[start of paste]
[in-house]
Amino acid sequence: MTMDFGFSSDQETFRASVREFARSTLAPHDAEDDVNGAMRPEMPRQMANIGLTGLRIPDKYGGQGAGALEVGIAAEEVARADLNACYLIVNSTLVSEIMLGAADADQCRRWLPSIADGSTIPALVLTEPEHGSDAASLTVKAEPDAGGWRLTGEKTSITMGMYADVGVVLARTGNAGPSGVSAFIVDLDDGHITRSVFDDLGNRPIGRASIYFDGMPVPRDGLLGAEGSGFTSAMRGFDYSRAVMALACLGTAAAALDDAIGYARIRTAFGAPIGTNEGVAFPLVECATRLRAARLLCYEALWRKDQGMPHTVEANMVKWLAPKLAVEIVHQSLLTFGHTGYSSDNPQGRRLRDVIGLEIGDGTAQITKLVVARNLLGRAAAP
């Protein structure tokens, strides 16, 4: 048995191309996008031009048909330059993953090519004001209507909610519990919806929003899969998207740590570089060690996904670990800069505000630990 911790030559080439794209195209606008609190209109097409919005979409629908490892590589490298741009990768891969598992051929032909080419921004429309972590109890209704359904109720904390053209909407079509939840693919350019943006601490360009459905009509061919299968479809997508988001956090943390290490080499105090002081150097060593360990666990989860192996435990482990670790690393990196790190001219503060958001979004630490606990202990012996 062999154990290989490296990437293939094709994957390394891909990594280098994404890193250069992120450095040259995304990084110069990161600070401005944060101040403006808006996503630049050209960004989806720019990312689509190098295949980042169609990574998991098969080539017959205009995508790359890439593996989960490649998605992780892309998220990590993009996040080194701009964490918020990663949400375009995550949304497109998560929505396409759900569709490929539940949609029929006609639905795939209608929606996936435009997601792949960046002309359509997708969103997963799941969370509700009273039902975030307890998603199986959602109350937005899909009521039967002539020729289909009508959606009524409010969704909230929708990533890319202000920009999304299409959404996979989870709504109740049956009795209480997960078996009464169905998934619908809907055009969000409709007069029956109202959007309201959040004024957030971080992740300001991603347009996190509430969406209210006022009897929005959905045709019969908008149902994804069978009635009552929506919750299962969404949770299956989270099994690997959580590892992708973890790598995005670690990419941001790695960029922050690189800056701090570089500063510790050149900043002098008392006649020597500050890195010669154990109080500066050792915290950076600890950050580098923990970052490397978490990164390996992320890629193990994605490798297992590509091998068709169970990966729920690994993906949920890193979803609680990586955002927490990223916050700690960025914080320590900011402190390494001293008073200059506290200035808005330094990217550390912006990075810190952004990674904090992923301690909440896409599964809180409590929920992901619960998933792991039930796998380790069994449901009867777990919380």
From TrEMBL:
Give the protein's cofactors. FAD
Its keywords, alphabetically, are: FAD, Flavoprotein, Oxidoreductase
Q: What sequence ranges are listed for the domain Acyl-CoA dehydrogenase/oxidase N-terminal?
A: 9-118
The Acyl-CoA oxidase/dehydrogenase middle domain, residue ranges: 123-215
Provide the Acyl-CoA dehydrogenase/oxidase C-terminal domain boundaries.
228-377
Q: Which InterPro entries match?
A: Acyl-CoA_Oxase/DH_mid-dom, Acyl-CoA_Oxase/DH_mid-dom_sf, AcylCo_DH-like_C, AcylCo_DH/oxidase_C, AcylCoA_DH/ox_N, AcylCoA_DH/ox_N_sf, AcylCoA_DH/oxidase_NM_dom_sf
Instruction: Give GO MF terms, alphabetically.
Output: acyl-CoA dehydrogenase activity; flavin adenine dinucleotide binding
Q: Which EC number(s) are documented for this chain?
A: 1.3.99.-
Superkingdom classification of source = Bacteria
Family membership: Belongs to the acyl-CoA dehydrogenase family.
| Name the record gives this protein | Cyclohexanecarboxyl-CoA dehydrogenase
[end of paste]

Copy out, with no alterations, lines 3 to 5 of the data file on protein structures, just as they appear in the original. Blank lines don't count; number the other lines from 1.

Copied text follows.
């Protein structure tokens, strides 16, 4: 048995191309996008031009048909330059993953090519004001209507909610519990919806929003899969998207740590570089060690996904670990800069505000630990 911790030559080439794209195209606008609190209109097409919005979409629908490892590589490298741009990768891969598992051929032909080419921004429309972590109890209704359904109720904390053209909407079509939840693919350019943006601490360009459905009509061919299968479809997508988001956090943390290490080499105090002081150097060593360990666990989860192996435990482990670790690393990196790190001219503060958001979004630490606990202990012996 062999154990290989490296990437293939094709994957390394891909990594280098994404890193250069992120450095040259995304990084110069990161600070401005944060101040403006808006996503630049050209960004989806720019990312689509190098295949980042169609990574998991098969080539017959205009995508790359890439593996989960490649998605992780892309998220990590993009996040080194701009964490918020990663949400375009995550949304497109998560929505396409759900569709490929539940949609029929006609639905795939209608929606996936435009997601792949960046002309359509997708969103997963799941969370509700009273039902975030307890998603199986959602109350937005899909009521039967002539020729289909009508959606009524409010969704909230929708990533890319202000920009999304299409959404996979989870709504109740049956009795209480997960078996009464169905998934619908809907055009969000409709007069029956109202959007309201959040004024957030971080992740300001991603347009996190509430969406209210006022009897929005959905045709019969908008149902994804069978009635009552929506919750299962969404949770299956989270099994690997959580590892992708973890790598995005670690990419941001790695960029922050690189800056701090570089500063510790050149900043002098008392006649020597500050890195010669154990109080500066050792915290950076600890950050580098923990970052490397978490990164390996992320890629193990994605490798297992590509091998068709169970990966729920690994993906949920890193979803609680990586955002927490990223916050700690960025914080320590900011402190390494001293008073200059506290200035808005330094990217550390912006990075810190952004990674904090992923301690909440896409599964809180409590929920992901619960998933792991039930796998380790069994449901009867777990919380």
From TrEMBL:
Give the protein's cofactors. FAD